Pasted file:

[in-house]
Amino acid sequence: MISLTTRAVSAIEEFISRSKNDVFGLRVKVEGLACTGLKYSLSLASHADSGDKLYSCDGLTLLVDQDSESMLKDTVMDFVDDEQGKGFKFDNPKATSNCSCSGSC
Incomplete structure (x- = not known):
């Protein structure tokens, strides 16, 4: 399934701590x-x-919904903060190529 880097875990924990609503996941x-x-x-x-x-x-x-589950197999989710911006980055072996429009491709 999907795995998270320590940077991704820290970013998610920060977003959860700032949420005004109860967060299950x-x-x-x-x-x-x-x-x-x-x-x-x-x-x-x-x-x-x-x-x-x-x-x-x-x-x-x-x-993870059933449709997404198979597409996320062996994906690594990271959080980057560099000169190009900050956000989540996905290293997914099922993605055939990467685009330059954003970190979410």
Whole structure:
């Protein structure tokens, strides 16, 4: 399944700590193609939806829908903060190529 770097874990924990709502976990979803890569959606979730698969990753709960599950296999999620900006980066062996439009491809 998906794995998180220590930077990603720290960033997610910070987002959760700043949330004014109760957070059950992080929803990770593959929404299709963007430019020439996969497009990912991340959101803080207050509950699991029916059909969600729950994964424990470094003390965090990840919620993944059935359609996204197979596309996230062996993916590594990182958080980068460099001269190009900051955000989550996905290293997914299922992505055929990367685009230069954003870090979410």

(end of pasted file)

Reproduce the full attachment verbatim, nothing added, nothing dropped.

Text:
[in-house]
Amino acid sequence: MISLTTRAVSAIEEFISRSKNDVFGLRVKVEGLACTGLKYSLSLASHADSGDKLYSCDGLTLLVDQDSESMLKDTVMDFVDDEQGKGFKFDNPKATSNCSCSGSC
Incomplete structure (x- = not known):
């Protein structure tokens, strides 16, 4: 399934701590x-x-919904903060190529 880097875990924990609503996941x-x-x-x-x-x-x-589950197999989710911006980055072996429009491709 999907795995998270320590940077991704820290970013998610920060977003959860700032949420005004109860967060299950x-x-x-x-x-x-x-x-x-x-x-x-x-x-x-x-x-x-x-x-x-x-x-x-x-x-x-x-x-993870059933449709997404198979597409996320062996994906690594990271959080980057560099000169190009900050956000989540996905290293997914099922993605055939990467685009330059954003970190979410």
Whole structure:
């Protein structure tokens, strides 16, 4: 399944700590193609939806829908903060190529 770097874990924990709502976990979803890569959606979730698969990753709960599950296999999620900006980066062996439009491809 998906794995998180220590930077990603720290960033997610910070987002959760700043949330004014109760957070059950992080929803990770593959929404299709963007430019020439996969497009990912991340959101803080207050509950699991029916059909969600729950994964424990470094003390965090990840919620993944059935359609996204197979596309996230062996993916590594990182958080980068460099001269190009900051955000989550996905290293997914299922992505055929990367685009230069954003870090979410």